Gary Usher, the North West chef-patron behind the Sticky Walnut, Hispi and Burnt Truffle, has told MCA he turned to crowdfunding because banks were unwilling to lend to a fledgling restaurant operator.
Usher, who is currently raising £200,000 via Kickstarter for a new Liverpool restaurant Wreckfish, said crowdfunding was good for publicity, but that he would prefer more “mature” backing.
He said that while he had held talks with several private equity groups he had been unconvinced the obligations would be the right fit for his small collection of restaurants.
Usher also said that while he would consider opening a site in London, he was conscious that his high profile in the north west would mean nothing in the capital.
He told MCA: “I’d love to add more restaurants, but doing it this way again with crowdfunding? I’d rather the bank took us seriously. I’d like to do the business in a more mature way.”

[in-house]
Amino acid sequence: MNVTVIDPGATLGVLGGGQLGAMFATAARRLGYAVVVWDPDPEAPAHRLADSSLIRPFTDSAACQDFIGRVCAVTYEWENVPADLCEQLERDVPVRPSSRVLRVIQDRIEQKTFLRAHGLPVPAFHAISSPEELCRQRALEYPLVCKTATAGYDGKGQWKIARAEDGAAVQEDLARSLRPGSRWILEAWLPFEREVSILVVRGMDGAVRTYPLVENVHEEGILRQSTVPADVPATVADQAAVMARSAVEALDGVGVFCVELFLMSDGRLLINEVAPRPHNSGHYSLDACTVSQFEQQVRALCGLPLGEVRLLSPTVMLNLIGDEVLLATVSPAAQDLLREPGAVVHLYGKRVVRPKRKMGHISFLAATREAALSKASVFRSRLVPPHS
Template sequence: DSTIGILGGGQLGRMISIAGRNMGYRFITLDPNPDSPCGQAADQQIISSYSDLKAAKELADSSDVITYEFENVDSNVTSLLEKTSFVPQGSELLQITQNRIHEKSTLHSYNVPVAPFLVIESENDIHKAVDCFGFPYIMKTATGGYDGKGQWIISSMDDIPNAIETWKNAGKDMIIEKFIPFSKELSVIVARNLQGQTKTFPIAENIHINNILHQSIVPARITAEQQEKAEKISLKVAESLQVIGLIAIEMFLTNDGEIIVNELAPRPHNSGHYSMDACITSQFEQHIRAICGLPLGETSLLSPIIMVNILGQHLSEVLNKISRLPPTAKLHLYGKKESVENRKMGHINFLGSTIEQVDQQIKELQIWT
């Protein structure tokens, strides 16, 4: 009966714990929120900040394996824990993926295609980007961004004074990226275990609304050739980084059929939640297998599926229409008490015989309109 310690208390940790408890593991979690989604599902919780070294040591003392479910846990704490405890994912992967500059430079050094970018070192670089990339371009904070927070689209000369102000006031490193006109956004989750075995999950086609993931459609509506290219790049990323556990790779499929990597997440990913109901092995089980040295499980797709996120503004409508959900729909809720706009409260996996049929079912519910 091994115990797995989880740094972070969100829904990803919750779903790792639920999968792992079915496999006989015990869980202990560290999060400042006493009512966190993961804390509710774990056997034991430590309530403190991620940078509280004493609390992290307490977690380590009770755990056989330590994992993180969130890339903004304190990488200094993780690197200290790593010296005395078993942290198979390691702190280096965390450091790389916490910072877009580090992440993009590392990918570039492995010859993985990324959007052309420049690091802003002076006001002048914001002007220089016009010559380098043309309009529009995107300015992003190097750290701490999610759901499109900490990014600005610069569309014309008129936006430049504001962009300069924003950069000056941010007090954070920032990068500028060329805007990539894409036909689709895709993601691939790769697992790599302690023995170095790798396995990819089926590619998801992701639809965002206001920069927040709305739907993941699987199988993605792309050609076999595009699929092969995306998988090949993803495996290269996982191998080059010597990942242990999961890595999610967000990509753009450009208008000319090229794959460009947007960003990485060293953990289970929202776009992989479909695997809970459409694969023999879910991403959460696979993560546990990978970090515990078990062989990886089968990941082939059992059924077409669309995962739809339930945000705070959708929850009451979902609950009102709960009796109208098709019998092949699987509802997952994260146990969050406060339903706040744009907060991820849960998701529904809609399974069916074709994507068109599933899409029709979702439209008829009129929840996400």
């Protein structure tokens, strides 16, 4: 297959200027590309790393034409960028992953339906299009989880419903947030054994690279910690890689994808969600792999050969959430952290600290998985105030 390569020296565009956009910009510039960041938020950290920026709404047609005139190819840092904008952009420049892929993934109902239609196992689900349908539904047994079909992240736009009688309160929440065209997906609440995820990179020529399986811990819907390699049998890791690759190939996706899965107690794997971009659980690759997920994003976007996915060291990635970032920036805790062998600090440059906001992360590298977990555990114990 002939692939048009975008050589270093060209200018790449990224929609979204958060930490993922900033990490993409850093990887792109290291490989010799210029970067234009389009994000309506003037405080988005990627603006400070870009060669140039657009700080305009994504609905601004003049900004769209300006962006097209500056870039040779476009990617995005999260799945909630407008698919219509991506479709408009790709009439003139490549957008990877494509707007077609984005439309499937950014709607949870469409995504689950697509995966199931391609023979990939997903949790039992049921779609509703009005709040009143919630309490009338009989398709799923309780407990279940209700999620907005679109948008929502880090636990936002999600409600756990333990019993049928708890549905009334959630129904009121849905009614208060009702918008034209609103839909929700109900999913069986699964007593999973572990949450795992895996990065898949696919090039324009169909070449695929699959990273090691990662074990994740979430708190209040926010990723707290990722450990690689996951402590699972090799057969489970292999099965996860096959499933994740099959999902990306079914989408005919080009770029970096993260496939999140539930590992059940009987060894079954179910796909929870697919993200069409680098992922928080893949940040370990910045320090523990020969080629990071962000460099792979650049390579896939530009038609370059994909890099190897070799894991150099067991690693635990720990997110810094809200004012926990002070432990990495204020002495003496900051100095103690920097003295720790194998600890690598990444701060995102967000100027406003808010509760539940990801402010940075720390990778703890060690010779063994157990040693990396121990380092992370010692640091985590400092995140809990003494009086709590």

He added: “With my first restaurant I went to the bank and struggled to get a £10,000 loan for air conditioning, and I realised I was going to need to look elsewhere to fund the business.
“With Kickstarter you set your goal, and if you don’t hit it, it goes back. I enjoy the fact it’s a bit of a gamble, its more exciting having a time limit. It revs everyone up to keep an eye it.
“The publicity is huge. You couldn’t buy exposure like it. Crowdfunding lets so many people know you’re opening.”
On the risks of crowdfunding to investors, he said: “We are trying to open a restaurant, I’m not inventing a radio you can use under water. We’re selling meal vouchers. The chances of our restaurant closing is the same as anywhere.
“Even if the restaurant fails, we have three others where people could use their vouchers.”
On the potential for a move to London, he said: “If something came up I’d take it into consideration from a team point of view. If everything was perfect, and we could afford the rent, we’d do it.
“But we’re doing well in the North West, so it might be silly to go down south.
“In London, I’d be a nobody, my food would be nothing. The competition is huge. You really need to stand out. I do bistro food, I don’t do anything special.”